Monday, October 24, 2011

Kamakura sights (Photo-essay)


First, there was a Kamakura-themed Photo Hunt entry. Now, here's following up with a Kamakura-themed photo-essay. And lest there be any doubt: here's stating for the record that I not only enjoyed my (short) visit to the place but I also very much endorse this photogenic city's efforts to be given due recognition by UNESCO and placed on that United Nations agency's world heritage list:-

Kamakura is a city by the sea -- and for those who are
wondering, I (too) couldn't help but think of

t
he disastrous tsunami that hit Japan earlier this year
when I viewed this actually pretty idyllic coastal scene


The main building of the Hasadera from whose high
vantage point I took this photo essay's first photo


View inside the Benten-kutsu Cave located in the vicinity
of the Hasadera -- and is home to a shrine to
the
Shinto goddess Benzaiten (who actually
also is the Hindu goddess Saraswathi!)

Trust the incorrigible Puppet Ponyo to be unable to resist
posing for a photo with the tolerant Daibutsu (aka
Great Buddha of Kamakura)!


The Sasuke Inari Shrine is out of the way and has a
steep entryway but is worth checking out
for the sheer
preponderance of fox statues
to be found in its area

The green surroundings of the Sasuke Inari Shrine
in Kamakura also made it so that it was where
I felt
like that
great forest spirit Totoro
was most likely to be found in the vicinity!


Inside the cave area of the Zenairai Benten Shrine
whose visitors are encouraged to wash their money

and hope that doing so will double its amount!


View out to the sea along Kamakura's main boulevard
from the top of the Hachimangu Shrine's main stairs

And should this photo-essay leave you thirsting for more, then this means you'll have some sense of how much I'd like to not only share more photos of Kamakura but also spend more time in that lovely city that's home to many, many temples and shrines but nonetheless feels like it's so very full of life and what human (not just spiritual) life has to offer! :b

9 comments:

baroness radon said...

NOw I see why a friend of mine seems so happy there.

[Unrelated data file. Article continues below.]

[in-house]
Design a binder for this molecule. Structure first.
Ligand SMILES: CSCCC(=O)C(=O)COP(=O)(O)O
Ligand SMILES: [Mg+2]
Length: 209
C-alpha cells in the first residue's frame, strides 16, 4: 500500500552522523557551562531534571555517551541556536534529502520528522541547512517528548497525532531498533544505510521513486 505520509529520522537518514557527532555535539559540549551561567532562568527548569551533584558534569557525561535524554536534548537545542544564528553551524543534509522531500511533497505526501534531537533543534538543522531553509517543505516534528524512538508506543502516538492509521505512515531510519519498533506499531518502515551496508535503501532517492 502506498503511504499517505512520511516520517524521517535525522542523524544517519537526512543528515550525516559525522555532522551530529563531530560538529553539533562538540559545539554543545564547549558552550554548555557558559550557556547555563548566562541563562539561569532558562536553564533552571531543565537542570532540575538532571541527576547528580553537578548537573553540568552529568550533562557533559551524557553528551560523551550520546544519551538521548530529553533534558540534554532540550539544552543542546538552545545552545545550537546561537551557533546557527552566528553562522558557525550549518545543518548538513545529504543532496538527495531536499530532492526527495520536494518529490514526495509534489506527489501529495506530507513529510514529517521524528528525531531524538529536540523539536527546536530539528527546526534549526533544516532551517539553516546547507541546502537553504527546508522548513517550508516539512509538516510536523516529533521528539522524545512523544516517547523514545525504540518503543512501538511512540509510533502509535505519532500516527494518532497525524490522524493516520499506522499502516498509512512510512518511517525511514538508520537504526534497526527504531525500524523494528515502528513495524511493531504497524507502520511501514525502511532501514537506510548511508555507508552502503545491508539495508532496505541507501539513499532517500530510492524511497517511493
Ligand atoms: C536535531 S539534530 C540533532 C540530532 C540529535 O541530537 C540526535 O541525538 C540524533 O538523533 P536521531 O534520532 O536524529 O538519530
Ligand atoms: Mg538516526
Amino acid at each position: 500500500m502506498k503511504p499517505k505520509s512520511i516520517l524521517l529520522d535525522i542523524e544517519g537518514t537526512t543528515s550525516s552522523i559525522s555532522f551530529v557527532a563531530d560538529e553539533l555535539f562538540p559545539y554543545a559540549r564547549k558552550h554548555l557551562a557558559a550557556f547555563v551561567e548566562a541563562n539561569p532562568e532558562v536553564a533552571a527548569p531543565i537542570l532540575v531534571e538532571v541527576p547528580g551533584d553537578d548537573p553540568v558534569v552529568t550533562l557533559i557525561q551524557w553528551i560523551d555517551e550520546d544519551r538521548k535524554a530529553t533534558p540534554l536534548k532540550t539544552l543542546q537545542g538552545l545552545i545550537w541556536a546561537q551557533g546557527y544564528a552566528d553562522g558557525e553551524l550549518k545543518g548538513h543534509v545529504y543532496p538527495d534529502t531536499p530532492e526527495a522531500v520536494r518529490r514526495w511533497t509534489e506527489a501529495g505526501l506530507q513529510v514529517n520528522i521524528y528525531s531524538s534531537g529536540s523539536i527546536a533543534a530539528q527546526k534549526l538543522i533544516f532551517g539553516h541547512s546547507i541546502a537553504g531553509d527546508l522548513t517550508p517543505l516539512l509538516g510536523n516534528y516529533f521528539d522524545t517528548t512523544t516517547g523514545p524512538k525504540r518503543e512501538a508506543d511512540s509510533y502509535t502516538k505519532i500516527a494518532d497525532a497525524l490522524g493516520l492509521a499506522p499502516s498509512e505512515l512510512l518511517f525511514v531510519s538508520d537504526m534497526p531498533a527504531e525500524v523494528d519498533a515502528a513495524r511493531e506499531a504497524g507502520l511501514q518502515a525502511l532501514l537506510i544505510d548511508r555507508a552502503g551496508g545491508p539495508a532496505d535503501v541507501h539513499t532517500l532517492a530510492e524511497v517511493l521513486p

Ponyo and Daibatsu! Too cute.

YTSL said...

Hi baroness radon --

I really enjoyed visiting Kamakura. Am glad to hear that it's (also) a great place to live.

And yay re your having warmed to (my) Ponyo! BTW, that photo was taken with the help of a friendly Japanese stranger -- and yes, I found that Japanese people are quite happy to pose my Puppet Ponyo for me. :D

baroness radon said...

Oh I love Ponyo. I just needed to be introduced!

YTSL said...

Hi again baroness radon --

Appreciate the (Puppet) Ponyo love -- and am glad that you now feel like you've been adequately introduced to her. :)

sbk said...

hi ytsl,

So far this is my favorite blog entry of your trip to Japan. Great photos. Hehehe... perhaps my fondness for Kamakura has something to do with it. So glad Ponyo got to visit too.

ewaffle said...

Not sure why but the Ponyo/Daibatsu is just perfect--part of it is the difference in color and texture but it also seems that the Buddha is looking favorable on the puppet, knowing that she has the qualities to become a Bodhisattva. Or maybe she already is an enlightened being showing the rest of us how to live in harmony with the world.

I think Ponyo has a grand future--I look forward to more of her adventures.

YTSL said...

Hi sbk --

I'd say that this was the photo-essay that was most difficult for me to compile since there were so many photos to choose from -- so am glad you like what you see.

Re Puppet Ponyo: she and I were inseparable in Japan! :)

Hi ewaffle --

Teeheehee re your Ponyo as budding Bodhisattva comments.

More than by the way, I was shocked to see souvenirs in Kamakura in which the face of the Daibatsu had morphed into Hello Kitty. (And there were Doraemon equivalents too.) I couldn't bring myself to buy such souvenirs but do have a toweling hankie showing Hello Kitty seated on the Daibatsu...! ;b

StephenC said...

I like Kamakura too. Particularly the shrines. Was there once more than 10 years ago, and again this summer. The place hasn't changed much, except there seems to be more people. Perhaps because the first time I was there it was April, and this time it is August. The shrines are quiet, peaceful, and very well-kept. Well, most of them anyway, except the one right in the middle of the town.

YTSL said...

Hi StephenC --

I'd love to visit Kamakura again. The shrines and temples of course are the main visitor draws -- but I liked the general feel of the place as well. The next time I visit, I'd also like to go on more hikes in the area. :)